My question to you is…. Did you affair down, did you trick yourself into an attraction and when did the rose colored glasses come off for you?


I know every AP is an affair down because they are willing to go in the gutter and accept the very ugly parts of the WS.

Three years since DdayNever gonna be the sameReconcilingThe sting is still present

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DuchessVivian ( new member #84436) posted at 12:48 AM on Saturday, March 2nd, 2024

To answer the getting caught questions I will say I/we did the following from the list:

* didn’t hide the AP(s) in any way (except the fact that they were AP(s))

Both of us did this. We were all acquainted via work except for my BS, who knew AP and BW via me.

* may have lied by omission, but didn’t actively construct fake stories to see the AP(s) or about anything or much related to the infidelity

Me more than AP. My BH knew AP and I were close friends and called it up to that.

* didn’t necessarily demand/ask the AP(s) not to tell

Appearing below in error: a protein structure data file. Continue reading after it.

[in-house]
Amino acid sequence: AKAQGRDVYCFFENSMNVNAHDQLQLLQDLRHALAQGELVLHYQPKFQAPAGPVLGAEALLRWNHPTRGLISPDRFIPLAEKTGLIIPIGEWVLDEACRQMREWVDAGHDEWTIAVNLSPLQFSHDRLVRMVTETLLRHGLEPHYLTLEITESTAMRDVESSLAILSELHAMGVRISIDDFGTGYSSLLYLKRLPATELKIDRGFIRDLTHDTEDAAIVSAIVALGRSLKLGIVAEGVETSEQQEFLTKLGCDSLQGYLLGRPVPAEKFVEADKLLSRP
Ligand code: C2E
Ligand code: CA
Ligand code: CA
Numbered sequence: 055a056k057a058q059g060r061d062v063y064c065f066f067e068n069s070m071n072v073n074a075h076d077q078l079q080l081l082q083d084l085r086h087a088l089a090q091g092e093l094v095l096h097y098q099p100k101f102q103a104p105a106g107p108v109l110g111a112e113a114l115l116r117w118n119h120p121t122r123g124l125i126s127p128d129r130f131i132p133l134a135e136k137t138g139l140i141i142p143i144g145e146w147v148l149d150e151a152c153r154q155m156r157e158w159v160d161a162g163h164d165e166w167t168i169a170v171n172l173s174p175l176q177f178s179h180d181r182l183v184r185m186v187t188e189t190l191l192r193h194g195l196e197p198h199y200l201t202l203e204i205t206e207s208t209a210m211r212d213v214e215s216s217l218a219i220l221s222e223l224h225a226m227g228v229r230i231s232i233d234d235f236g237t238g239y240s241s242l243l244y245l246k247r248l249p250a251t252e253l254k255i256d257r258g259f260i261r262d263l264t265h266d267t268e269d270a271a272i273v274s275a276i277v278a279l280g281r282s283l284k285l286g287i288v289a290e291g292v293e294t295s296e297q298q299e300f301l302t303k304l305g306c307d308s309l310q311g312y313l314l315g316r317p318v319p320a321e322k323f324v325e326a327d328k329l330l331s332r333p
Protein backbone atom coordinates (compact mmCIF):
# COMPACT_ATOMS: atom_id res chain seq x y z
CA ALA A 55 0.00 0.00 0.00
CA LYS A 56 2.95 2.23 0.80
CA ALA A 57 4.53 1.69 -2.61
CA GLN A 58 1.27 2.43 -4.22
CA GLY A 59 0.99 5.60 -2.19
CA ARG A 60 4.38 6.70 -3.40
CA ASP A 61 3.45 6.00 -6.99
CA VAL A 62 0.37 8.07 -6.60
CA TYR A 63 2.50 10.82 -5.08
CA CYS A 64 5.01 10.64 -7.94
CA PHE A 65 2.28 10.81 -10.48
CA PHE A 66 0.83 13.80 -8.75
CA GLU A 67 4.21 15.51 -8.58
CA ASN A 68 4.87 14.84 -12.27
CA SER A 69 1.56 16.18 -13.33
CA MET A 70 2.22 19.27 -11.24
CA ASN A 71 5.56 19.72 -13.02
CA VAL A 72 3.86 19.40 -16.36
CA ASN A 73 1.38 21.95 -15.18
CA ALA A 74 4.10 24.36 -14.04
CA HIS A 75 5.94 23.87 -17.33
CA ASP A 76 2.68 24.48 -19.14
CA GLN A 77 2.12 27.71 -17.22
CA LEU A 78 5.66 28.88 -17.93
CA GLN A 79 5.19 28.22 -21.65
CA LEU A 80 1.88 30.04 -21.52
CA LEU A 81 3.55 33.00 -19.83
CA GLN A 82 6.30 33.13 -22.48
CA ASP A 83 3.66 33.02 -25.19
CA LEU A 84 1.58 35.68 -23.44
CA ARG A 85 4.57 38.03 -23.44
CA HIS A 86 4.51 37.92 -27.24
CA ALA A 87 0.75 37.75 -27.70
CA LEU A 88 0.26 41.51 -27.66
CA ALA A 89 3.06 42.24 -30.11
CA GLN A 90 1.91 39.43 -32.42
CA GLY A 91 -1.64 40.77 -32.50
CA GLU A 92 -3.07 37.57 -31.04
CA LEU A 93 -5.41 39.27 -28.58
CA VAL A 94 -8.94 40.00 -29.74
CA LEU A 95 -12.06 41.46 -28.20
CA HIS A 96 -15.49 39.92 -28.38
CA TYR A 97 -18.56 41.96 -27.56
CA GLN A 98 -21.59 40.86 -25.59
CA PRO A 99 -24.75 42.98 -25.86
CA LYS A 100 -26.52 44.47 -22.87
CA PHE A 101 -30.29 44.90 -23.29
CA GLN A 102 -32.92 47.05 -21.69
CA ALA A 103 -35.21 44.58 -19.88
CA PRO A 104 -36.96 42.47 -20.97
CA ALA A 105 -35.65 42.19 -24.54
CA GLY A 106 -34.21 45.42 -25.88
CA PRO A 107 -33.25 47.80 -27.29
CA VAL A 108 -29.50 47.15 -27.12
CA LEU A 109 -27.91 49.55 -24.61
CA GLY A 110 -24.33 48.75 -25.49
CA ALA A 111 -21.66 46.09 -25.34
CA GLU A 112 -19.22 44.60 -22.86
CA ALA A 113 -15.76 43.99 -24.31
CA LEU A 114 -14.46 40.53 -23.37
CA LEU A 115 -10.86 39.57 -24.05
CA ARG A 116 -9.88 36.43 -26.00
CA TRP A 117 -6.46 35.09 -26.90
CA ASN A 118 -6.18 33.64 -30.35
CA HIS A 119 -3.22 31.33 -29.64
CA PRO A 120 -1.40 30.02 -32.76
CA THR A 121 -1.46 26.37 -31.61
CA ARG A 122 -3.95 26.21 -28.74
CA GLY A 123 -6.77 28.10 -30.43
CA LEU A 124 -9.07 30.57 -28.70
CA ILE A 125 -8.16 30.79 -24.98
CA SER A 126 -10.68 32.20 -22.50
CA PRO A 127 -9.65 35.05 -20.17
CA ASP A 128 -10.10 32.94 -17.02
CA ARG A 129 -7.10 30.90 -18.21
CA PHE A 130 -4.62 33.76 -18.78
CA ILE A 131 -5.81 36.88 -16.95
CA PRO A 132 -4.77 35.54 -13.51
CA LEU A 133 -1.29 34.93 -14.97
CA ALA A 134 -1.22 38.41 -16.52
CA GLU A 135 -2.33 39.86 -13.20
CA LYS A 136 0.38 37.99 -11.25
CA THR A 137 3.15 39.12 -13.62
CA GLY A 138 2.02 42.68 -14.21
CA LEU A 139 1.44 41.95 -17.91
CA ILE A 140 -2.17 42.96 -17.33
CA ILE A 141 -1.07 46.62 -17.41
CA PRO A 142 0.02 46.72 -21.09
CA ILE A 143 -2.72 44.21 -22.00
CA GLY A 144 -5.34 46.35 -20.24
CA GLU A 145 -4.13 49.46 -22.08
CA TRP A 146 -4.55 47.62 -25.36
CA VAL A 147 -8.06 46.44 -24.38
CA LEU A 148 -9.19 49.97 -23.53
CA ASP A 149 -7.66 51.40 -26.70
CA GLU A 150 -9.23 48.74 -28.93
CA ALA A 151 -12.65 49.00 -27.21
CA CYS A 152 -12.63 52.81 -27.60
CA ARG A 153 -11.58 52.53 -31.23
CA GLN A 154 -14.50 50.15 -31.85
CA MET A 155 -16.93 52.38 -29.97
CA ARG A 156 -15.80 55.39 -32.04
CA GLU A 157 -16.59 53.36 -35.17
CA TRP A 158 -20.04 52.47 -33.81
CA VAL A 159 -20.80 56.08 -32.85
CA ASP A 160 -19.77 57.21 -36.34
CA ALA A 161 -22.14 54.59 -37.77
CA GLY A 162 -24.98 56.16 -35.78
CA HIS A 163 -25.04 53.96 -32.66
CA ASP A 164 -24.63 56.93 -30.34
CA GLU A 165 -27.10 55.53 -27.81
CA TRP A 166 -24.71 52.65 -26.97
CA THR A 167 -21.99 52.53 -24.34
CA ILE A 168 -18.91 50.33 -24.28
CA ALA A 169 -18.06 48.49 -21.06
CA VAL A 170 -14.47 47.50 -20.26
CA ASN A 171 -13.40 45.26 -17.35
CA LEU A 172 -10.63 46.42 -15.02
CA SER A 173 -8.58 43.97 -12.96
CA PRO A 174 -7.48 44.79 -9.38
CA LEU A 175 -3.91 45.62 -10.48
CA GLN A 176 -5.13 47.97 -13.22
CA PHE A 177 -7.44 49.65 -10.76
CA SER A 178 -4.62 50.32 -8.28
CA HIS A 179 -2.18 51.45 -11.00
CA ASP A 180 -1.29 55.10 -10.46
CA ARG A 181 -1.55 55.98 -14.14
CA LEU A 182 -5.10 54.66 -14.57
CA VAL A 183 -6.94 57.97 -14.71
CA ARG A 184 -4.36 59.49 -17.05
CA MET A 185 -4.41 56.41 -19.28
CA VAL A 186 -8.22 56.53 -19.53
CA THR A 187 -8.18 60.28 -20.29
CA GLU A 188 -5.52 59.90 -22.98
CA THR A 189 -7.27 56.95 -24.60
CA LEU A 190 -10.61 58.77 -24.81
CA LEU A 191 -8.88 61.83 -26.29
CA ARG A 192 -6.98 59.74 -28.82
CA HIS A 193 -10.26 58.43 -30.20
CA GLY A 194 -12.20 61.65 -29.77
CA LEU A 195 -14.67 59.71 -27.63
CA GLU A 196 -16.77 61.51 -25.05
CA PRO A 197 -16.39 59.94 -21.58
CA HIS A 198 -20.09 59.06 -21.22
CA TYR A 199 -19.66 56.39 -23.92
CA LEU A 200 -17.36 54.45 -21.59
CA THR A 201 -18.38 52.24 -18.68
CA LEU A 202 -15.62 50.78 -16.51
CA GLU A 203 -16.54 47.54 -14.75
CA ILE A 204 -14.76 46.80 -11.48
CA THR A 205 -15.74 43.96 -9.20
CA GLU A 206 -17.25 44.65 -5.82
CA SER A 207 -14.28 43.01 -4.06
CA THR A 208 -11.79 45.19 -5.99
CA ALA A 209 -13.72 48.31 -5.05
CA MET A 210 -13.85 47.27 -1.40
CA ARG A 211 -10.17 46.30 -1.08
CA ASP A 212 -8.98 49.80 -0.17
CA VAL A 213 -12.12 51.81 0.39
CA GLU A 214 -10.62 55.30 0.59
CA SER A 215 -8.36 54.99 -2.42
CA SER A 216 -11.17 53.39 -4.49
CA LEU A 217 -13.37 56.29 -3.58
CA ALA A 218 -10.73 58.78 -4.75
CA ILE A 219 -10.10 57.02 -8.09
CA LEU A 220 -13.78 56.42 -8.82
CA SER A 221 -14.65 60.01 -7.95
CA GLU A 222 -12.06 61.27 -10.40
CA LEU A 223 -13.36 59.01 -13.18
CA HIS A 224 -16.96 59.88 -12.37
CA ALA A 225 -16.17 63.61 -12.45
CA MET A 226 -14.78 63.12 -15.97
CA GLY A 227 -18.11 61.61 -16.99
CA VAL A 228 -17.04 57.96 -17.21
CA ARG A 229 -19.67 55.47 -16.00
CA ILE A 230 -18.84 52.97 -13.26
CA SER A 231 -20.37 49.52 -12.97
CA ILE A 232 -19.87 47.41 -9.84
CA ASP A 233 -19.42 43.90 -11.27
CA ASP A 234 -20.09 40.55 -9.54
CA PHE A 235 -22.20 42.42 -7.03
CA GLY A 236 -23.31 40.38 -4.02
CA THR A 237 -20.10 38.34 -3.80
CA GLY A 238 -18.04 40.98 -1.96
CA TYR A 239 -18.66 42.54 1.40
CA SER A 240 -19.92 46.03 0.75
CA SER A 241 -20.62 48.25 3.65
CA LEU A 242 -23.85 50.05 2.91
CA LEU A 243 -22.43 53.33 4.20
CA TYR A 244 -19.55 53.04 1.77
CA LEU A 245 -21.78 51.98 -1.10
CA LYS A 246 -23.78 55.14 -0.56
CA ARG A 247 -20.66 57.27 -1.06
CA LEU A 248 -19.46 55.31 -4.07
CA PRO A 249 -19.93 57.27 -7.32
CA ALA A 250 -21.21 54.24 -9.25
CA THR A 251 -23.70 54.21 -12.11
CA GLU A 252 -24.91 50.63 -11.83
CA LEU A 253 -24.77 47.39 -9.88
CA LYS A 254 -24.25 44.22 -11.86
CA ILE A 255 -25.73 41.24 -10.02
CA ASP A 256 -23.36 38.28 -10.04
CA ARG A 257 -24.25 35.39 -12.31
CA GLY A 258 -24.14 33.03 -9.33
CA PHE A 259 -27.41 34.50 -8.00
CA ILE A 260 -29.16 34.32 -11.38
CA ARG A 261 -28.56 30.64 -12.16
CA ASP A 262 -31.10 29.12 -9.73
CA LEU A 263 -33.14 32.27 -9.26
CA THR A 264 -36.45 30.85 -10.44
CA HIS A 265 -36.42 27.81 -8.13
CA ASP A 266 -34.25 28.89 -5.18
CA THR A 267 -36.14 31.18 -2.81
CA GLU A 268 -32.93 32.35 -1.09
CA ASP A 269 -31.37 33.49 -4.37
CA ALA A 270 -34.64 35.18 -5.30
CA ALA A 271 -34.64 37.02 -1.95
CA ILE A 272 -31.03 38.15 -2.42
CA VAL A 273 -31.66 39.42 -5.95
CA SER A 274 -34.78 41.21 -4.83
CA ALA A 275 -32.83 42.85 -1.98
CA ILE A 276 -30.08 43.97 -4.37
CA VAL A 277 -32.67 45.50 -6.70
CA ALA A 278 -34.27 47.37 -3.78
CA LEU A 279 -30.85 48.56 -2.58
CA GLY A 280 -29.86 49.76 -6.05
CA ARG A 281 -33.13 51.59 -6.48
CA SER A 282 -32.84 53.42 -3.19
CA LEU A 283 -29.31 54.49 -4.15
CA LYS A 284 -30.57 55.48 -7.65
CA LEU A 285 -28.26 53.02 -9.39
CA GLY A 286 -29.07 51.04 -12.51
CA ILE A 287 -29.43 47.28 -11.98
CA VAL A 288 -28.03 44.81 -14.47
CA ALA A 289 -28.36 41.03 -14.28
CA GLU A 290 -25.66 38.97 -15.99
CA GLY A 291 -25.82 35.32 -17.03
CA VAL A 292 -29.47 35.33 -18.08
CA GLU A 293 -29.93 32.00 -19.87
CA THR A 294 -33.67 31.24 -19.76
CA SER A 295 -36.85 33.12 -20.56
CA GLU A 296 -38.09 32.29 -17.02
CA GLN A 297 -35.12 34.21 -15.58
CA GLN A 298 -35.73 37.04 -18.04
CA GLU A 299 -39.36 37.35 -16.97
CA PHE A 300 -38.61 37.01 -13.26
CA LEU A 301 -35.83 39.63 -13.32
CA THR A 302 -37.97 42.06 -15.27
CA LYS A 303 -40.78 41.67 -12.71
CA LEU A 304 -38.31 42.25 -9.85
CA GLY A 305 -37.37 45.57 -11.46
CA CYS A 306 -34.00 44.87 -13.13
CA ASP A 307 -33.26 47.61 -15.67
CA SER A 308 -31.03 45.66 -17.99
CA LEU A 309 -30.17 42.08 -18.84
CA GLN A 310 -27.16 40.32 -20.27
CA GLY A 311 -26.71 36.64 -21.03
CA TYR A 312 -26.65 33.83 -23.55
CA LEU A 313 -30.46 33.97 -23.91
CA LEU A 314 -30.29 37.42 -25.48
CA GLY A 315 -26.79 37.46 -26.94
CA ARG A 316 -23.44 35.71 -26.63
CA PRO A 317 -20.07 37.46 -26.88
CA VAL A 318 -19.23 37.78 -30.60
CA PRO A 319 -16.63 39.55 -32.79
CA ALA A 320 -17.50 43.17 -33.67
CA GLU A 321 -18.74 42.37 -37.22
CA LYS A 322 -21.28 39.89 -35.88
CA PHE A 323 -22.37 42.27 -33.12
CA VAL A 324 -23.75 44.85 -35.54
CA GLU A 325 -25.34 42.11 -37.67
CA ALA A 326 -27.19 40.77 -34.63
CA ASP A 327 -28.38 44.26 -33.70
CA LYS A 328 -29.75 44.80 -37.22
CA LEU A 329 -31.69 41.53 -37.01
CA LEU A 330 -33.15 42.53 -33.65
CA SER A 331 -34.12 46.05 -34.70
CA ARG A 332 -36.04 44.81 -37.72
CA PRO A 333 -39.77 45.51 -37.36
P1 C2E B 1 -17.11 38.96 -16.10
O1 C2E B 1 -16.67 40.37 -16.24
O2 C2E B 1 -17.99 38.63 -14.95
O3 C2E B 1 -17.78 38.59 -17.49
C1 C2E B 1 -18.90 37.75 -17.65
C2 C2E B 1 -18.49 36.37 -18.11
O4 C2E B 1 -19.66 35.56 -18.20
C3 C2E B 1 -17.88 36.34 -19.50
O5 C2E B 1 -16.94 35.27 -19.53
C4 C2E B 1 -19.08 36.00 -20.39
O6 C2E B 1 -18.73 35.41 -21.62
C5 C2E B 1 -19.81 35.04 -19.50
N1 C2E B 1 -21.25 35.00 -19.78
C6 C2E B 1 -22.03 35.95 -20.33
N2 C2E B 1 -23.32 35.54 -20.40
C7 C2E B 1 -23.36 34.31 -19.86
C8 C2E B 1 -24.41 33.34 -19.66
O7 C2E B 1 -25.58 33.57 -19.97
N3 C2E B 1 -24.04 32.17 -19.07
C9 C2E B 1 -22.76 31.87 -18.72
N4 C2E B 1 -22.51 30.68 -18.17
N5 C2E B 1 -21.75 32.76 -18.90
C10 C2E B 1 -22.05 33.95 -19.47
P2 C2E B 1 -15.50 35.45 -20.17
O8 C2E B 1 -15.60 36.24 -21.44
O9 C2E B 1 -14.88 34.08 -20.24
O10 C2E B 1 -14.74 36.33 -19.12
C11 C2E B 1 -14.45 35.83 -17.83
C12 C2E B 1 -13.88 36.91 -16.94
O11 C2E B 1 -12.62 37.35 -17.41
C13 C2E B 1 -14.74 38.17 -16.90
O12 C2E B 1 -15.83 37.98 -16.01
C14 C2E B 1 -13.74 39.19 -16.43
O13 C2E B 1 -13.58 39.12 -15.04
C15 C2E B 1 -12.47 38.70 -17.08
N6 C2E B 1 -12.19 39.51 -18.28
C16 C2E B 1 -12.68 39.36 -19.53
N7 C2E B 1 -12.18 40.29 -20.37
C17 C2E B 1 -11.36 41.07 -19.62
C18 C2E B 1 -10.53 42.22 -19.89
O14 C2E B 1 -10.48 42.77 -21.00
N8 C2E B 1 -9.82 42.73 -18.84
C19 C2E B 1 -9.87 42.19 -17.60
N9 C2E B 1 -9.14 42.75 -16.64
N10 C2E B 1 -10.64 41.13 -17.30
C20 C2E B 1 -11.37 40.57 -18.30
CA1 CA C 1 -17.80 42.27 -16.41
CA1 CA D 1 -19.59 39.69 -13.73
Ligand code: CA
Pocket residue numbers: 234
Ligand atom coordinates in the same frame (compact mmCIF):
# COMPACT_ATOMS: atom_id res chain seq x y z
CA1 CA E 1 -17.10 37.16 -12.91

We didn’t but it was implied and inferred.

* didn’t delete/destroy evidence (or most/much evidence)

I would move evidence, hide it, but didn’t delete anything. AP did not even do that, which was how he had his DD so fast.

* introduced your AP(s) to your BS (or they were already known to them)

We did this, but before any affair happened. When everybody met, an affair was not on either AP or my mind.

* admitted to having done "mildly" sketchy-sounding or problematic things with AP(s) (that you did actually do) in a way that indirectly assured BS that was ALL you did with AP(s) (sort of "trickle truth," even during the affairs)

I did not do this. AP did.

* were aware that another person or other people (who knew both you and the BS) knew or strongly suspected that you were being unfaithful— and didn’t hide it from those people per se, and didn’t tell them not to tell your BS, etc.